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Several killed, 300 arrested in Tehran protests

  • NEW: Web site of opposition leader Mir Hossein Mousavi says nephew was killed in protests
  • Five people were reported killed in fighting, Iranian state-run Press TV said late Sunday
  • Demonstrations are latest since outrage over the June presidential elections
  • Clashes occur during holy period of Ashura

Tehran, Iran (CNN) -- Several people were killed and more than 300 were arrested in anti-government protests in Tehran Sunday, Iran's Deputy Police Chief Ahmad Reza Radan said on state television station IRINN.

The toll was the result of clashes that broke out between demonstrators and security forces as large crowds gathered for Ashura, a major religious observance.

Five people were reported killed in the fighting, Iranian state-run Press TV said late Sunday. A French government statement put the number of fatalities at eight. With tight restrictions on international media, CNN could not independently verify the casualties.

Without giving an exact number of casualties, Radan said those killed included one person who fell off a bridge and two others who were killed in a car accident during the protests.

One of the victims was killed by a bullet, Radan said. But "considering the fact that the police did not use firearms, this incident is extremely suspicious, and is being investigated," he said.

The Web site of opposition leader Mir Hossein Mousavi reported that Mousavi's nephew, Seyed Ali Mousavi, was killed in the demonstrations around noon local time Sunday by a gunshot to the heart.

Press TV, meanwhile, late Sunday quoted unnamed police officials as identifying one of the dead as "Seyyed Ali Mousavi."

Press TV's report did not mention any relationship between that victim and opposition leader Mousavi, nor did its report include any mention of the elder Mousavi.

Tehran Police Chief Azizollah Rajabzadeh denied any protesters were killed by security forces.

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Police did not fire any shots in Tehran, "and security forces were not in possession of firearms," Rajabzadeh told the semi-official news agency ISNA.

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Since the disputed presidential elections in June, protesters have turned public gatherings into rallies against President Mahmoud Ahmadinejad, who was declared the overwhelming winner of the race.

Police, wary of the potential that Ashura gatherings could present, were out in full force Sunday to quell disruptions but did not stop demonstrators holding widespread protests.

Near Imam Hussein Square in central Tehran, security forces used tear gas to disperse demonstrators and blocked roads to prevent more from arriving, a witness said.

Protesters seized a motorcycle belonging to a security force member and set it on fire.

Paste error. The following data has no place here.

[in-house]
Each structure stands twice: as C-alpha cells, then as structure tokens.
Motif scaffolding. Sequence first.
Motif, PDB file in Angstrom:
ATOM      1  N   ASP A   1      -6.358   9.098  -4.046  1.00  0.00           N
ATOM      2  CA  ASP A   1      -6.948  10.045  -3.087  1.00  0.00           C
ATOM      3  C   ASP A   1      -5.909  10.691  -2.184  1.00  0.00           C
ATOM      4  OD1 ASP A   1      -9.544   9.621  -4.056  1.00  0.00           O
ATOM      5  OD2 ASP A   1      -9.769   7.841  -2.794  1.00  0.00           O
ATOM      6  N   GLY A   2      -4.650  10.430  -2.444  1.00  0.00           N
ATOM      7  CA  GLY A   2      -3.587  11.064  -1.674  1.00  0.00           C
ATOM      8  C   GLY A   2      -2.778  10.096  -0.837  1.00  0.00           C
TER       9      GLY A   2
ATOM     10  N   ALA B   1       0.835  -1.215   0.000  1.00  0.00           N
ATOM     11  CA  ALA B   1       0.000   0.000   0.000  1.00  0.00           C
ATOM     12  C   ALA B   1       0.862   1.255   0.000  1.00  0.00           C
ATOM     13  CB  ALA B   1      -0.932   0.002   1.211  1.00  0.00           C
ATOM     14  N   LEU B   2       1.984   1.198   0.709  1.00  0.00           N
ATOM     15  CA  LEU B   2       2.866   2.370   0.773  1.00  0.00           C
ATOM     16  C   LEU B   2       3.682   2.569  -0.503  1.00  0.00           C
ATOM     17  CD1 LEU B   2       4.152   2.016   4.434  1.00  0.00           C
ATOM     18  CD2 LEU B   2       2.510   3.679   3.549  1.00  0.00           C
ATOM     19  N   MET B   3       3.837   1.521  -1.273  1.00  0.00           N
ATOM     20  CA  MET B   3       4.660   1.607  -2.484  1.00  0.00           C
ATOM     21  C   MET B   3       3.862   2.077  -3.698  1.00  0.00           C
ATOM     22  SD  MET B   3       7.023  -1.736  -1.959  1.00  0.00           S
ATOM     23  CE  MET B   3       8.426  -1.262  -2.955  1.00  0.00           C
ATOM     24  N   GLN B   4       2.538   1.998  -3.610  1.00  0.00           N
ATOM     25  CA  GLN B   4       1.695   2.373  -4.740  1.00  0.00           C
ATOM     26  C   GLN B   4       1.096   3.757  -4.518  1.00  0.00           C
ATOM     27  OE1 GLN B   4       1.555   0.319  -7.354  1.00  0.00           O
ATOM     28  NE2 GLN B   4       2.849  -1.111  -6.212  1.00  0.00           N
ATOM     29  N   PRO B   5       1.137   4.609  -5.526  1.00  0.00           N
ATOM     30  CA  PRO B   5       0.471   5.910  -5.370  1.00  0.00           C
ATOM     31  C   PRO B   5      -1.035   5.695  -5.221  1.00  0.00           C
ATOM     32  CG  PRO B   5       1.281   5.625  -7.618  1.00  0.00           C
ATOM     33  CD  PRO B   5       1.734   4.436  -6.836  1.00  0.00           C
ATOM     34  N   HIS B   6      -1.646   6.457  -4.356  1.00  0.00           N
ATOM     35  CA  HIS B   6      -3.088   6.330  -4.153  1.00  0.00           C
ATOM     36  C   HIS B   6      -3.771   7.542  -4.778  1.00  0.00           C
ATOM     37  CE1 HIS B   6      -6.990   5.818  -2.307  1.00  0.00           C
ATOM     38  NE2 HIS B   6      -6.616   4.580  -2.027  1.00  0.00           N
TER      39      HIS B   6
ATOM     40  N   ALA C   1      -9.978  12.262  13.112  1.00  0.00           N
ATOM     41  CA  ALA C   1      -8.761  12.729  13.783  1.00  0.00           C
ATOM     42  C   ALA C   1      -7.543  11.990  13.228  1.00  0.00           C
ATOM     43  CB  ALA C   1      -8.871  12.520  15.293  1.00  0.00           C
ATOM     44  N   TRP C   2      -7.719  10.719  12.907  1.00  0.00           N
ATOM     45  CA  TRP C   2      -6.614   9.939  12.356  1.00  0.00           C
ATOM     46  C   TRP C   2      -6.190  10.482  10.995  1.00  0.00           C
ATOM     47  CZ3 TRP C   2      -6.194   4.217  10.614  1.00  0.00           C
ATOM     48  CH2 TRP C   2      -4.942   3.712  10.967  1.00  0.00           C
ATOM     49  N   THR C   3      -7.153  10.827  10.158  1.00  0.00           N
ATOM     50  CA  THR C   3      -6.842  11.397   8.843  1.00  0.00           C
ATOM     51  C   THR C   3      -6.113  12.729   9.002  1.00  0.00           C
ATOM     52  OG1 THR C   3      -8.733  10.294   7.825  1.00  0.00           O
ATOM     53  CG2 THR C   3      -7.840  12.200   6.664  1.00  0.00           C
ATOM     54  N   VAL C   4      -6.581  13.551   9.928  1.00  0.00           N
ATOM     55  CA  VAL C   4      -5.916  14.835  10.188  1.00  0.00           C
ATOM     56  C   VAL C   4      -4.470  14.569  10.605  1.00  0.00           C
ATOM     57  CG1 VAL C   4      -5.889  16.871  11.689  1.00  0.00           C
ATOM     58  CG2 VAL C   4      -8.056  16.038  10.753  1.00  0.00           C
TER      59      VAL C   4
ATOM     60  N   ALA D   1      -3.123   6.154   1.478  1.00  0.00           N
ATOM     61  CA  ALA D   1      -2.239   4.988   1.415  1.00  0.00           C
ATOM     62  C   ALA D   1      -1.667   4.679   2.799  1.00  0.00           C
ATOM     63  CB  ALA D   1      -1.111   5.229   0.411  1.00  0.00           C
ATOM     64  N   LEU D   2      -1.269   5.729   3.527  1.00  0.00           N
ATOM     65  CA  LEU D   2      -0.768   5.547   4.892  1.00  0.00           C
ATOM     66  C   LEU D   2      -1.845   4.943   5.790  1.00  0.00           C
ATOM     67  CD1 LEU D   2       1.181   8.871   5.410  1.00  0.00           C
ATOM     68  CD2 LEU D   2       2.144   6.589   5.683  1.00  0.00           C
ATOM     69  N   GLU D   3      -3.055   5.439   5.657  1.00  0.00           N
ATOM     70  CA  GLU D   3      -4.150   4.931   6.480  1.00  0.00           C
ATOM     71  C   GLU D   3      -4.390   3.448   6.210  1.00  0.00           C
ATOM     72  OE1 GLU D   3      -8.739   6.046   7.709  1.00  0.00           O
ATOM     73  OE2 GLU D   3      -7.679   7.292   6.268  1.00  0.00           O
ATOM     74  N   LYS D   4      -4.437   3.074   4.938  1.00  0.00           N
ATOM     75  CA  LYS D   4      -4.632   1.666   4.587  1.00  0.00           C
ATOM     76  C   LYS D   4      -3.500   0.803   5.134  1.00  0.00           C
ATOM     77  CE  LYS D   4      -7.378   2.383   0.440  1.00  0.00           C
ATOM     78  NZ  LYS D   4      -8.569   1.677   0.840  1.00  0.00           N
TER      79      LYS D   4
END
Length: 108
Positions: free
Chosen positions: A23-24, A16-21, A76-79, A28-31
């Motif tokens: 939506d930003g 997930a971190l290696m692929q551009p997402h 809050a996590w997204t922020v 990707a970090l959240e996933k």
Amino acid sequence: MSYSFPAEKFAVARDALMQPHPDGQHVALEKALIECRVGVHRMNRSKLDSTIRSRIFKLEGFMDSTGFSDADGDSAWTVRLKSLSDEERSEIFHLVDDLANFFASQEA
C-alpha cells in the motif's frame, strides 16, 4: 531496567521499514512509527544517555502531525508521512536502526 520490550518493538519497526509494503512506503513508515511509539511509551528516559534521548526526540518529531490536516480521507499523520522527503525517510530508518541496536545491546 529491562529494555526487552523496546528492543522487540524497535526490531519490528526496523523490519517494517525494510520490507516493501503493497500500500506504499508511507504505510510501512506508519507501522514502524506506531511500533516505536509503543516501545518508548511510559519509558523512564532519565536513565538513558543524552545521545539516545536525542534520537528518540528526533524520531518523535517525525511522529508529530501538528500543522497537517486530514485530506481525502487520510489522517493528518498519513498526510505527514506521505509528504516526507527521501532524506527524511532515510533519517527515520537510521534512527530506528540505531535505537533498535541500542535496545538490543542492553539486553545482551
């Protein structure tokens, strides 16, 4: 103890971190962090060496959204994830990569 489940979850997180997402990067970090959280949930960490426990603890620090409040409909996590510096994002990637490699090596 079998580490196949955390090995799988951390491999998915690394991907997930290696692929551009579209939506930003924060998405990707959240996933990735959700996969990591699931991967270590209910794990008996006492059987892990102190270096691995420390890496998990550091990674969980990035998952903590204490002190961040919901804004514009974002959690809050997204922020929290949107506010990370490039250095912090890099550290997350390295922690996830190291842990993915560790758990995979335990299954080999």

Elsewhere in the city, witnesses reported seeing protesters being beaten with batons. Demonstrators chanted "death to the dictator" and some ripped down a picture of Iran's Supreme Leader Ayatollah Khamenei.

Police helicopters hovered above city squares while small trucks brought in more riot police in parts where clashes were fierce.

Protesters played cat-and-mouse with security forces -- gathering, then scrambling and gathering elsewhere.

U.S. National Security Council Spokesman Mike Hammer said the United States condemns the "violent and unjust suppression of civilians in Iran seeking to exercise their universal rights."

"Governing through fear and violence is never just, and as President Obama said in Oslo -- it is telling when governments fear the aspirations of their own people more than the power of any other nation," Hammer said in a statement.

The French Foreign Ministry issued a statement Sunday expressing "great anxiety" following the violent clashes.

The statement said at least eight people were killed and several were wounded in the clashes.

France condemns the arbitrary arrests and the "acts of violence committed against demonstrators who came to defend their right to freedom of speech and their aspiration to democracy. Facing the persistence of popular movements and the worsening of the repression, France is calling for a political solution in Iran," the ministry's statement said.

The unrest Sunday followed daylong clashes between the two sides in the streets of Tehran on Saturday.

On Saturday evening, a pro-government mob barged into a mosque where former president and reformist leader Mohammad Khatami was speaking.

The dozens-strong group forced Khatami to end his remarks abruptly when it interrupted the gathering at Jamaran mosque.

Earlier Saturday, scores of security forces on motorcycles charged protesters on sidewalks whenever they started chanting anti-government slogans, witnesses said.

Sunday marks Ashura, the observance of the death of Imam Hussein, grandson of Prophet Muhammad.

Hussein, who was killed in battle in Karbala in 680 A.D., is regarded as a martyr. The battle that led to his death is one of the events that helped create the schism between Sunnis and Shiites, the two main Muslim religious movements.

Iran is predominantly Shiite.

During Sunday's protests, some demonstrators compared Khamenei to Yazid, the caliph who killed Hussein.

Religious mourning during Ashura is characterized by people chanting, beating their breasts in penance, cutting themselves with daggers or swords and whipping themselves in synchronized moves.

Sunday also is a week to the day since the death of Grand Ayatollah Hussein Ali Montazeri, a key figure in the 1979 Iranian revolution. Montazeri, who went on to become one of the government's most vocal critics, died December 20.

The seventh day after a death is a traditional time for mourning in Islam.

CNN's Reza Sayah contributed to this report.